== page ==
Friday, December 23, 2011
People tend to be on their best behavior then. People are exploring the potential partner's thoughts and beliefs, and know their own are being probed as well. People tend to be focused on what they can gain from the relationship, and what they must give. And they normally do it cautiously.
If there is conflict at this stage, it is a clear warning of what most likely lies ahead.
This lesson was probably most clearly pointed out to me several years ago during the negotiation of a share purchase in another company -- a partnership. The target firm needed cash, and we were looking for geographic expansion -- it looked like a natural fit. We needed the owners to stay with the business, and they were keeping half the stock, so it seemed like the arrangement should work. The first round of discussions went fairly well -- but I got significant push-back when the subject of salaries came up.
When you own your own business, you set your salary. There were two owners in the business, and neither of them had paid themselves very much over the last several years. When I suggested a market-based salary for the both of them, their loss of control over their pay immediately became an issue.
Through several additional meetings, it became clear that "market" to them meant an outrageously high number they heard whispered by the owner of a similar business. I produced data, they resisted. The dispute took the investment agreement to the brink of dissolution.
It should have been a warning. But, alas, I was going to have to learn this lesson the hard way.
Rather than tabling the deal, I pushed forward. I developed counter arguments, more data, and ultimately compromised, giving them most of what they wanted.
It was a mistake.
Over the next ten years, the same pattern was repeated over and over in a tumultuous relationship that ultimately ended up with one owner quitting, one being fired, and the business going into serious decline. The conflict orientation the two owners had shown in those first few meetings played out over and over again on variety of subjects. It was the conflict, more than any other factor, that caused us to fail to make the kinds of improvements originally envisioned when the deal was cut. Conflict that undercut trust.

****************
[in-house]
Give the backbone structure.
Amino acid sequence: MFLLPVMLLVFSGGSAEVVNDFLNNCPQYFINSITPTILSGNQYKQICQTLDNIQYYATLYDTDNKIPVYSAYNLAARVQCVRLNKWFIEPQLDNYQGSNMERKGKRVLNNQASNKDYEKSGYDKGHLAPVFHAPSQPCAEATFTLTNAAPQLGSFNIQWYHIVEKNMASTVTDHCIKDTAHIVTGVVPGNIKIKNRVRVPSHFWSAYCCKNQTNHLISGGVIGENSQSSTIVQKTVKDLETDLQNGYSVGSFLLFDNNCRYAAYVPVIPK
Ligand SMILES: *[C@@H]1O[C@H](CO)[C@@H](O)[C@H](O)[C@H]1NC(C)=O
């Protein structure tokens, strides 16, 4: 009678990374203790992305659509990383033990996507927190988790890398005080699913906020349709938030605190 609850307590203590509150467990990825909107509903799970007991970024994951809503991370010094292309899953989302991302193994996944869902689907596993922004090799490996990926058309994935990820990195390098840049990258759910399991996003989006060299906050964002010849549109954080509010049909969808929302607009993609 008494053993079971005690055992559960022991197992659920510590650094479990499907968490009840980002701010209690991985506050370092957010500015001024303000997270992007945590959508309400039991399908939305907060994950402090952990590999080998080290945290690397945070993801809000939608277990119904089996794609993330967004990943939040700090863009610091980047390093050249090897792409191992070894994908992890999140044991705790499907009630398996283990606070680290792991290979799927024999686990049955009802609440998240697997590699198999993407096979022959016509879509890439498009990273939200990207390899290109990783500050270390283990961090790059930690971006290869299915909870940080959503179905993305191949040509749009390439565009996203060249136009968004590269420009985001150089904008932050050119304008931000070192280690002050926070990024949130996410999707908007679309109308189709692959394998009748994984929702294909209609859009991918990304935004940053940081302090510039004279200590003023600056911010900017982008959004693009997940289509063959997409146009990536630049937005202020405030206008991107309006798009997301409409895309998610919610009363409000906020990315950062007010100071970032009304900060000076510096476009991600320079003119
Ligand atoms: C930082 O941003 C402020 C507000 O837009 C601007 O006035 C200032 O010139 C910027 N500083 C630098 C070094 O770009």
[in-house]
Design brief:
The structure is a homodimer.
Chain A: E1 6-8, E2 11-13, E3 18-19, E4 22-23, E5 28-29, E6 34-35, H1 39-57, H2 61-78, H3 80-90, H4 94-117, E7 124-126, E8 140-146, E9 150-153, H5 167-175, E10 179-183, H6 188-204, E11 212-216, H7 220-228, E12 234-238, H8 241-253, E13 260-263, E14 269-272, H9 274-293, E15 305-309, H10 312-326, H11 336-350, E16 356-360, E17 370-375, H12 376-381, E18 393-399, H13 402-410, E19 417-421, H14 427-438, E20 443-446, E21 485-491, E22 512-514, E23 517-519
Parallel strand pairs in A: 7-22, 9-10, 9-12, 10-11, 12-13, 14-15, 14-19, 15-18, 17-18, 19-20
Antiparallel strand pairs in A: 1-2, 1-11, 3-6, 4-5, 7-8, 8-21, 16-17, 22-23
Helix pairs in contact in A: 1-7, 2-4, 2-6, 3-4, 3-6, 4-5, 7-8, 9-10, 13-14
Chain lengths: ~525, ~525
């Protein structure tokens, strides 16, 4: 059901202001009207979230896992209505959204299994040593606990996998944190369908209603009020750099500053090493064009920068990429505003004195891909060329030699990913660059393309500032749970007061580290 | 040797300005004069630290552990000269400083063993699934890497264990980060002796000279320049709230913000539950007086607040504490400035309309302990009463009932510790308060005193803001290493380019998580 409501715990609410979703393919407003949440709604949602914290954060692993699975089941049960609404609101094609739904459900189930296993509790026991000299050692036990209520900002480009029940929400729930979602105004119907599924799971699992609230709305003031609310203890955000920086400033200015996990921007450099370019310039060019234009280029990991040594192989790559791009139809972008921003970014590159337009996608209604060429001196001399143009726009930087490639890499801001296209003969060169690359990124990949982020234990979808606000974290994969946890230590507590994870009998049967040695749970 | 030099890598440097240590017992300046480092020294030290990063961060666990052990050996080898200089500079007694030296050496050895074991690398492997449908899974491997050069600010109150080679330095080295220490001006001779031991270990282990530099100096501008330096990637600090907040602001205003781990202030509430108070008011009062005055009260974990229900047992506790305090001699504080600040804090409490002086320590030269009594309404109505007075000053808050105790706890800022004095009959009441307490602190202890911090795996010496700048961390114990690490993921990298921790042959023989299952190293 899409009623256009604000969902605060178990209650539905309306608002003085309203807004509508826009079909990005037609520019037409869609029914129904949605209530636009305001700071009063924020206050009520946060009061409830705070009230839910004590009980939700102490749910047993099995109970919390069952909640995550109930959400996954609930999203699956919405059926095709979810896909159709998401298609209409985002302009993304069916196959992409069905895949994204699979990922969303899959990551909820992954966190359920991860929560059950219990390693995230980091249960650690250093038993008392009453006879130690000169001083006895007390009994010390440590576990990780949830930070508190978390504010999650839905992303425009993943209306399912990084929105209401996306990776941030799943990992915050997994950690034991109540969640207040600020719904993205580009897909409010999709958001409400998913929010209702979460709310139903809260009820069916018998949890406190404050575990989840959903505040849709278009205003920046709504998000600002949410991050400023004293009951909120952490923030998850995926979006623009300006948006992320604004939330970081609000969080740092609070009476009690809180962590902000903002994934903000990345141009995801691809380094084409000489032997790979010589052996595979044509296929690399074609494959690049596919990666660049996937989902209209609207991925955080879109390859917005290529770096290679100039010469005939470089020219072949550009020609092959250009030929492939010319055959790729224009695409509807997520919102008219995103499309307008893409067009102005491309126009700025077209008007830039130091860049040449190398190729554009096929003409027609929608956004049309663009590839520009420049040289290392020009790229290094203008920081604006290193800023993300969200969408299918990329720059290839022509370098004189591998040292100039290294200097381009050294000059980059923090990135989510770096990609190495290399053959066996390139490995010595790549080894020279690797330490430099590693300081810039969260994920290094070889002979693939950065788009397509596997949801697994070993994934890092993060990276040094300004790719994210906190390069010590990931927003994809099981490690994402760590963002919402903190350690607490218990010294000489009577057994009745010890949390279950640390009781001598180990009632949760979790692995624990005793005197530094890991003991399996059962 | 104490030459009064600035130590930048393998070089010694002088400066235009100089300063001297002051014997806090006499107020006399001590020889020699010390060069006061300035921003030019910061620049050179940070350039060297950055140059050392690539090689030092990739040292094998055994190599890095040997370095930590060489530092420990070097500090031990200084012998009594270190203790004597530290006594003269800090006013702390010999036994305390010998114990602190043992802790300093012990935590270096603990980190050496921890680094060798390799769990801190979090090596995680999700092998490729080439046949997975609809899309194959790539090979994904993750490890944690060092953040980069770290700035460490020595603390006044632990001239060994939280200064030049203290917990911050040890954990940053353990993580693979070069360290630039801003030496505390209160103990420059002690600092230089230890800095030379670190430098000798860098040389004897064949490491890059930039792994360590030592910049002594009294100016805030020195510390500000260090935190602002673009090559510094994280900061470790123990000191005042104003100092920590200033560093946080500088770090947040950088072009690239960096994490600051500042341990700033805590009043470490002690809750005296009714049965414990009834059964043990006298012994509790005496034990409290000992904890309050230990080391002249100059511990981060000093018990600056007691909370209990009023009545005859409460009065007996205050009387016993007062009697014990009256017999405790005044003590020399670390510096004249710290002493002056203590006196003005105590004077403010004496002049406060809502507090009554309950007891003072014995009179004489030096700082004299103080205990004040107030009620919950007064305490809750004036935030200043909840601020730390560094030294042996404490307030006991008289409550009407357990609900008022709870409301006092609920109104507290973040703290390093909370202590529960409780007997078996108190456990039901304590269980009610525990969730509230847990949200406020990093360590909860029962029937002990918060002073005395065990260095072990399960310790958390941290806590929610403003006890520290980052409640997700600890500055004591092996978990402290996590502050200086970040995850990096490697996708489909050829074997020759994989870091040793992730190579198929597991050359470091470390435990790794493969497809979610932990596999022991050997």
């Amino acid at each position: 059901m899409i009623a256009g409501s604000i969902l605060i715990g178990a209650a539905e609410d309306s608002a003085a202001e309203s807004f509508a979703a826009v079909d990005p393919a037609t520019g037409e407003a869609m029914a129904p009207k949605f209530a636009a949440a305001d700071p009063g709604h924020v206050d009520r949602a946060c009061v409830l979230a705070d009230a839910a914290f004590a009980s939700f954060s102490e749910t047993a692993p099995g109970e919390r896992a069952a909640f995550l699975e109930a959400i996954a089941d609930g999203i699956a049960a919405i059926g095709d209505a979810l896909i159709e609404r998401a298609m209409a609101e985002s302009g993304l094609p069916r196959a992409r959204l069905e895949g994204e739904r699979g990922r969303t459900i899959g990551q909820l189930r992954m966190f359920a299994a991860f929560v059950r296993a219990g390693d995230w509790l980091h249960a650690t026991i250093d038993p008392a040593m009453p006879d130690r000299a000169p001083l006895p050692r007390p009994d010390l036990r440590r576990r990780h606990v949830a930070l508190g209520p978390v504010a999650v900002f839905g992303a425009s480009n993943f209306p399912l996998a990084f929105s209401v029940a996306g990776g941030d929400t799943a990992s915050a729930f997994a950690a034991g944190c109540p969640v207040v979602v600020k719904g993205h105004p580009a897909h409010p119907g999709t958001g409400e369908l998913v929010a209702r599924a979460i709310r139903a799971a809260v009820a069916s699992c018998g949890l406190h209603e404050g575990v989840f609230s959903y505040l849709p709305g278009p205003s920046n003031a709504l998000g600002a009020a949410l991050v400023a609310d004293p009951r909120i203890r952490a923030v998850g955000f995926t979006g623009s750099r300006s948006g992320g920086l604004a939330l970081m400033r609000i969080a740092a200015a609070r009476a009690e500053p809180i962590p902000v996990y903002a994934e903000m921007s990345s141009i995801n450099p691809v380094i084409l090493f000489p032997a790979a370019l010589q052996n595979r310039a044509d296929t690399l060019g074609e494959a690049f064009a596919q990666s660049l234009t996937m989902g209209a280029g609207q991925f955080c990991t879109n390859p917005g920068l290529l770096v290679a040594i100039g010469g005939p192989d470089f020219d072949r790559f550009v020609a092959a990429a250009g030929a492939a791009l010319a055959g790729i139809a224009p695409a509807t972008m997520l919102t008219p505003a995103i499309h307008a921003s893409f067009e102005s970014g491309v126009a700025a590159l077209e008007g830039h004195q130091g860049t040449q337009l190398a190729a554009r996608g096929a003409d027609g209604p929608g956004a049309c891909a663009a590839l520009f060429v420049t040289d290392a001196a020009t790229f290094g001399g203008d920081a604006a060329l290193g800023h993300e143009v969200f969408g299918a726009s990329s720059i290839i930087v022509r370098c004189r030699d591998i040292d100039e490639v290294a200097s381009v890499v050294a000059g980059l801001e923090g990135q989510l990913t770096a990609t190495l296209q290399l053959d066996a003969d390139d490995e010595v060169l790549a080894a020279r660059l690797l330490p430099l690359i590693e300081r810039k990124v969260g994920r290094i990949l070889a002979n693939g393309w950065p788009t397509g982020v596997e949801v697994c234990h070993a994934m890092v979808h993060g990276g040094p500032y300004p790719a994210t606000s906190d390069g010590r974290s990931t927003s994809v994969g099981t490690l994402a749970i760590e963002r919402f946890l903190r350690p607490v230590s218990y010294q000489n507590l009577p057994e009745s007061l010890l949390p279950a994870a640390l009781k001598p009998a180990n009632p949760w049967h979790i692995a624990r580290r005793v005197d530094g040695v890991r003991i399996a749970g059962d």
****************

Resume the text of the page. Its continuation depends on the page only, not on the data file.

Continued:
My advice? If the relationship starts bad, no matter how theoretically attractive the project/deal is, drop it. The way things start is usually the way they end.
If you enjoy my blog posts, check out my novels: Leverage and Incentivize.
Friday, December 16, 2011
Caveat Emptor -- While the idea might not necessarily be bad, your ability to rationally and dispassionately evaluate it probably is.
Yes, I've made this mistake. More than once.
The problem is the "want" and "need" aspect. When we want or need a success, we are pre-disposed to ignore contrary arguments, brush aside risks, listen to advocates, and vilify critics.
Watch particularly for the last category. You'll find yourself saying things like: "She's not a team player." or "He's always so negative." Remember -- it takes guts to oppose. Agreeing is the easier path. When someone criticizes a direction or path, there's usually a good reason for it.
One of my former associates used to say: "I love it when the facts and my pre-conceived notions come together". Just make sure when they do, it isn't wishful thinking, and the seduction of a sexy idea driving the convergence.
If you find my blogs interesting, you might enjoy my novels. Check out Leverage and Incentivize.
Wednesday, December 7, 2011
Wednesday, November 30, 2011
Wednesday, November 16, 2011
- Until the project is at its end, unexpected things can happen to derail success. You are better off having people recognize there are risks, than for them to be counting on an easy win. Call it the psychology of disappointment -- it is better to be a last minute hero.
- If it doesn't look a little bit like a struggle, then you won't get as much credit. Overcoming significant obstacles is more highly valued than cruising across easy finish lines. Perhaps unfair, but definitely human nature.
- It gives you a platform to show off your thinking and managing skills. Issue -- analysis -- action. Management loves to see this process self-initiated by an employee. Just remember not to stop at the Issue stage.
Sunday, November 13, 2011